An estimated 567,300 people in private households in England had Covid-19 between December 6 and 12, new data shows.
This is the equivalent of about 1.04% of the population, or one in 95 people, and up from the 481,500 people, or one in 115, who were estimated to have Covid-19 in the period November 29 to December 5.
But the Office for National Statistics (ONS) figures, published on Friday, show that this is still less than the peak of an estimated 664,700 people – one in 80 – between November 8 and 16.
The Coronavirus Infection Survey suggests that the percentage of people testing positive is rising in all four nations in the UK.
In Northern Ireland an estimated 8,500 people had Covid-19 between December 6 and 12, or 0.47% of the population, up from 0.43%, while in Wales an estimated 33,400 people in private households had Covid-19 – the equivalent of 1.10% of the population, up from 0.84%.
In Scotland an estimated 52,500 people had Covid-19, or 1.00% of the population – up from 43,300 people, or 0.82%.
The Infection Survey also shows that the proportion of people testing positive for Covid-19 is estimated to have increased sharply in London, with other increases in eastern England, the East Midlands and south-east England.
Rates have continued to decrease in north-west England and Yorkshire and the Humber.
The East Midlands has the highest rate, with an estimated 1.4% of people in private households testing positive for Covid-19, followed by London at 1.4% and north-east England at 1.2%.
South-west England has the lowest rate at 0.4%.
The ONS said: “During the most recent week of the study (December 6-12 2020), the percentage of people testing positive varies substantially by region; the East Midlands and London now have the highest proportion of people testing positive in the most recent week.
“The South West has a much lower proportion of people testing positive compared with all other regions.
“Over the most recent week, the percentage of people testing positive has sharply increased in London, with other increases in the east of England, east Midlands and South East.”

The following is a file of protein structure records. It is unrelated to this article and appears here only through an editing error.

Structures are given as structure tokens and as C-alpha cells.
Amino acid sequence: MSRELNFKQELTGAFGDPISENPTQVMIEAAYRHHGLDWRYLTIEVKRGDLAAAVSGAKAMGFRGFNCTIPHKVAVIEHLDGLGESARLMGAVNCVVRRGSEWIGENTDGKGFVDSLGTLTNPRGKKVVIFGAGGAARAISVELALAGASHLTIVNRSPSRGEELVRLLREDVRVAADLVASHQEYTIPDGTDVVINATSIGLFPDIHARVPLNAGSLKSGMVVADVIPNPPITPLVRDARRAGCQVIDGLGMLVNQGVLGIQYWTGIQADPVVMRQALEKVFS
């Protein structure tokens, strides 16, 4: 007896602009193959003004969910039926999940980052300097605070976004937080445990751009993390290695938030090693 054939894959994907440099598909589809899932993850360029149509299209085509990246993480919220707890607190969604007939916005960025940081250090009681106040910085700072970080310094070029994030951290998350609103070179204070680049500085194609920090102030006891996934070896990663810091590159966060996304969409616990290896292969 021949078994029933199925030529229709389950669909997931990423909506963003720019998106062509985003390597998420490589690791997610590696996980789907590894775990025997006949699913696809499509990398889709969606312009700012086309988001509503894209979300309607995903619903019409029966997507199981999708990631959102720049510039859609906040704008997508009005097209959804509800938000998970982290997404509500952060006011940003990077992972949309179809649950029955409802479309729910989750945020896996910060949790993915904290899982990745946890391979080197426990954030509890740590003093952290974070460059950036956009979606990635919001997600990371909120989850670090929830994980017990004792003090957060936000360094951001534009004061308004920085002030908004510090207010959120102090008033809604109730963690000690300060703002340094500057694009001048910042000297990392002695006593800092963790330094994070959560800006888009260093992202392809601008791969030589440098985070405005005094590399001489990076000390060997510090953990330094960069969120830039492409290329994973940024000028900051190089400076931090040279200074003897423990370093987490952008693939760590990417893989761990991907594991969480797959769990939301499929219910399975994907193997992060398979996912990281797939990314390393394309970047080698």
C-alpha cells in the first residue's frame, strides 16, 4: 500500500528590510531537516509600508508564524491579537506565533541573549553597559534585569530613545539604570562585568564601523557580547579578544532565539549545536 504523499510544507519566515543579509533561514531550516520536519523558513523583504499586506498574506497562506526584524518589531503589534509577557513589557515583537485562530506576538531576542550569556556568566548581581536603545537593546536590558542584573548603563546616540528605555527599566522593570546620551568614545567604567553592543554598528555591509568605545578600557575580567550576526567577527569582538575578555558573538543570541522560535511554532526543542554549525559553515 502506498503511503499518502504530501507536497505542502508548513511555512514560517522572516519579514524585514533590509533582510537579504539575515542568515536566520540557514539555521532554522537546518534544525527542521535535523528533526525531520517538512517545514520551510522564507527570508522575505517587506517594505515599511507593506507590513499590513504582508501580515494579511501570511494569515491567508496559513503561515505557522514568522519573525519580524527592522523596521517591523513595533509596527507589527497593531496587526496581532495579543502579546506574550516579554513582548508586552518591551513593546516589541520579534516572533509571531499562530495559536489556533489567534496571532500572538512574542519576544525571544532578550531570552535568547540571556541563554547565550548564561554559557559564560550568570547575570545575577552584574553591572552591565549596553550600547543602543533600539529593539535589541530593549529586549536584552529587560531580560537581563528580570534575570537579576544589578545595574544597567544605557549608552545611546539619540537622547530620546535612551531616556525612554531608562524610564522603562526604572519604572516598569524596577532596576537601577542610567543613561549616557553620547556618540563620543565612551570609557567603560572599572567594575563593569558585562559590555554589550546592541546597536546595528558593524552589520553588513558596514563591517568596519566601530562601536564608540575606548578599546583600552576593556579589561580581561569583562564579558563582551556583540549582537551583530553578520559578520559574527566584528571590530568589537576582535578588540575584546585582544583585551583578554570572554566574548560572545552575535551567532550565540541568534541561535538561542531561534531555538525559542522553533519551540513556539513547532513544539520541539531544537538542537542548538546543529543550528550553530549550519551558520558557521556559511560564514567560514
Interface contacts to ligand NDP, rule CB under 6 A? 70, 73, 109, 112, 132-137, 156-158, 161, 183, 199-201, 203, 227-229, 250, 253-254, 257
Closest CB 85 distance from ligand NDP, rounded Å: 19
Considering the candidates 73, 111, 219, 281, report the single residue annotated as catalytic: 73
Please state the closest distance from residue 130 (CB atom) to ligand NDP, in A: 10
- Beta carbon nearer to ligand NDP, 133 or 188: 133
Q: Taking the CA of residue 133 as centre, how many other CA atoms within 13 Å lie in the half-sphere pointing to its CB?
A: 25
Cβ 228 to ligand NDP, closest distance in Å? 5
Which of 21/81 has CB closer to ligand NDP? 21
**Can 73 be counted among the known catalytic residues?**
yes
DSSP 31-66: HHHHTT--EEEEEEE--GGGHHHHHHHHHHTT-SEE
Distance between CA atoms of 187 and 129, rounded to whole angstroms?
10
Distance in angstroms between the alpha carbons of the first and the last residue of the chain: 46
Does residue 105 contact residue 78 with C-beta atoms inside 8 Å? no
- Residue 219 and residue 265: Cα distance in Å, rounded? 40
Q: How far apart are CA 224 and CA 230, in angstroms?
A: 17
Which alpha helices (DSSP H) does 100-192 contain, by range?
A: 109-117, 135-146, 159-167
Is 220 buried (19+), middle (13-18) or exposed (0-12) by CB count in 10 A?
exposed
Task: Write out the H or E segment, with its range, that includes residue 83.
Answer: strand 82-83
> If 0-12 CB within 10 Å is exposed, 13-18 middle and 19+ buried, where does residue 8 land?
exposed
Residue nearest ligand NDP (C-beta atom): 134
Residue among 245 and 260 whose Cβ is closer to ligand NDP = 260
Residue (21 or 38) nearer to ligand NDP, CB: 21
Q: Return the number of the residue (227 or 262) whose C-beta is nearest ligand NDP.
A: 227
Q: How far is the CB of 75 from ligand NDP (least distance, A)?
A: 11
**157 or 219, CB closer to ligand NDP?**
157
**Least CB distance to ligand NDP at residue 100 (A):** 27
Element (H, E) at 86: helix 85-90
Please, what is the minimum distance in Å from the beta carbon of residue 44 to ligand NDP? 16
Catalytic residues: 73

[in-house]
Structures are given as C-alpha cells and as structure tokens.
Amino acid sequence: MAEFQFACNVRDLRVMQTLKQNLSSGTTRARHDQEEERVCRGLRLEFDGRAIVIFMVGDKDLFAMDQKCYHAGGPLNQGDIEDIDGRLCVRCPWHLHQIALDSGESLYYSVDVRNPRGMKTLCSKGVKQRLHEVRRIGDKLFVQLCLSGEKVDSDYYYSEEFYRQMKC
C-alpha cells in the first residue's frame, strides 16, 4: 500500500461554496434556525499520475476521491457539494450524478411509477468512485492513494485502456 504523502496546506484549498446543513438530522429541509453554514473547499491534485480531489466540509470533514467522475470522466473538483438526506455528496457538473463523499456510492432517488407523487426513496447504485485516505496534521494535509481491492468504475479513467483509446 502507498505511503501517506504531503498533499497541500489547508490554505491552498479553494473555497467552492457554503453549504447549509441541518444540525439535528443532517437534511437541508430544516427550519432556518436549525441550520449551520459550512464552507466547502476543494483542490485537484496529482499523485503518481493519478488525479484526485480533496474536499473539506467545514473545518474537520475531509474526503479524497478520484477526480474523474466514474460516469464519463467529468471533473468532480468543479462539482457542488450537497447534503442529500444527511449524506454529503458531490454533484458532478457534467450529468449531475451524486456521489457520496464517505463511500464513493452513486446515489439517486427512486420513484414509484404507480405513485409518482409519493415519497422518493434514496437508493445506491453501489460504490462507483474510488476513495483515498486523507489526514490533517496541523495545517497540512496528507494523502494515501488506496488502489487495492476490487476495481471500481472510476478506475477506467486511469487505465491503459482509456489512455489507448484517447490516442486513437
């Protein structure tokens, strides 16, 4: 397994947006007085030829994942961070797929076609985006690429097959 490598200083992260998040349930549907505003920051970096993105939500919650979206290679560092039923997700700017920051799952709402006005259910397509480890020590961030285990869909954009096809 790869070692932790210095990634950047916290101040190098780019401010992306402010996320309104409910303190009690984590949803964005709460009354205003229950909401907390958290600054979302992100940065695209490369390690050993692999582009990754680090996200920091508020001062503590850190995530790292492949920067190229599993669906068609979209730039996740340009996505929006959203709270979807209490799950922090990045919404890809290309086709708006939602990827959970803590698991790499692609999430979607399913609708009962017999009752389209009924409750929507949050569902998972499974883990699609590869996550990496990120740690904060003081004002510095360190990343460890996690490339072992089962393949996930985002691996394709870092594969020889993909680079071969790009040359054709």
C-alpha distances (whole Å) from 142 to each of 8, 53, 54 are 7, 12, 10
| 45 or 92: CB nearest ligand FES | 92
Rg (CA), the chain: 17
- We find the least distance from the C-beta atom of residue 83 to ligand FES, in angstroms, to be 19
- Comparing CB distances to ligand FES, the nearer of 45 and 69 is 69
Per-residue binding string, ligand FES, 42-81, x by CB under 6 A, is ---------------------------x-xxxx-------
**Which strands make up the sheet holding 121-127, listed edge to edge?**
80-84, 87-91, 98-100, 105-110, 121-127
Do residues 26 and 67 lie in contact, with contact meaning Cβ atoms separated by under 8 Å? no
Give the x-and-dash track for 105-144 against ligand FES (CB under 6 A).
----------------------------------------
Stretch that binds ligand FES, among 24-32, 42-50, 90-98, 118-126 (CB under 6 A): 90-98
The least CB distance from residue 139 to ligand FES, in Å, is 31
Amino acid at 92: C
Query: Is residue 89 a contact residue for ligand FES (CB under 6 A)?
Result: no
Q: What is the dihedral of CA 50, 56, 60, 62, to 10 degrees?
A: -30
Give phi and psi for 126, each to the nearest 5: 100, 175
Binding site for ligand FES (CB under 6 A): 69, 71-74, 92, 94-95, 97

When modelling the level of infection among different age groups in England, the ONS said rates have increased in most age groups, except for young adults – school Year 12 to age 24 – and 50-69 year-olds.
Rates had been decreasing among young adults, but this trend appears to have levelled off, the ONS said.
Rates remain highest among secondary school-aged children (school Years 7 to 11), it added.
Katherine Kent, co-head of analysis for the Covid-19 Infection Survey, said: “Data from last week shows an increase in the percentage of people testing positive for Covid-19 in England, with a sharp increase in London and increases in the east of England, east Midlands and the South East.
“Rates in the North, which has until recently had the highest infection levels, continue to decline.
“Rates in most age groups have increased and continue to remain highest in secondary school age children.
“Across the UK, infections appear to be increasing in both Wales and Scotland, in Northern Ireland the percentage of people testing positive appears to no longer be decreasing.”
The figures do not include people staying in hospitals, care homes or other institutional settings.